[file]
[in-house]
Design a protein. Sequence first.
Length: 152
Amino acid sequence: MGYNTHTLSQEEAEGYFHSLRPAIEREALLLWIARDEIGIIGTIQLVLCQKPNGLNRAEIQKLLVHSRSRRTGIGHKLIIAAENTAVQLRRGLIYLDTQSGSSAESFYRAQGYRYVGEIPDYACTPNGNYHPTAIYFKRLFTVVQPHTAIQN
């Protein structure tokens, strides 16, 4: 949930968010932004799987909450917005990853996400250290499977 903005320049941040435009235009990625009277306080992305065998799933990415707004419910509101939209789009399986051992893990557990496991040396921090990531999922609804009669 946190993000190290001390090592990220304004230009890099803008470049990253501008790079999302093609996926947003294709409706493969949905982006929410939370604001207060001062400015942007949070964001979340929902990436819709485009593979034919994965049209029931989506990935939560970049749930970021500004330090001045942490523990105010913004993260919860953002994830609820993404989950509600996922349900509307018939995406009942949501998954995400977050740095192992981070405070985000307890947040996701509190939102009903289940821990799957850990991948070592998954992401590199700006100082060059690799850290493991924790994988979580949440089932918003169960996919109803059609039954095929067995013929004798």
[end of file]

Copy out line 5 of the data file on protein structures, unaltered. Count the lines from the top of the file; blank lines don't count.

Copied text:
């Protein structure tokens, strides 16, 4: 949930968010932004799987909450917005990853996400250290499977 903005320049941040435009235009990625009277306080992305065998799933990415707004419910509101939209789009399986051992893990557990496991040396921090990531999922609804009669 946190993000190290001390090592990220304004230009890099803008470049990253501008790079999302093609996926947003294709409706493969949905982006929410939370604001207060001062400015942007949070964001979340929902990436819709485009593979034919994965049209029931989506990935939560970049749930970021500004330090001045942490523990105010913004993260919860953002994830609820993404989950509600996922349900509307018939995406009942949501998954995400977050740095192992981070405070985000307890947040996701509190939102009903289940821990799957850990991948070592998954992401590199700006100082060059690799850290493991924790994988979580949440089932918003169960996919109803059609039954095929067995013929004798």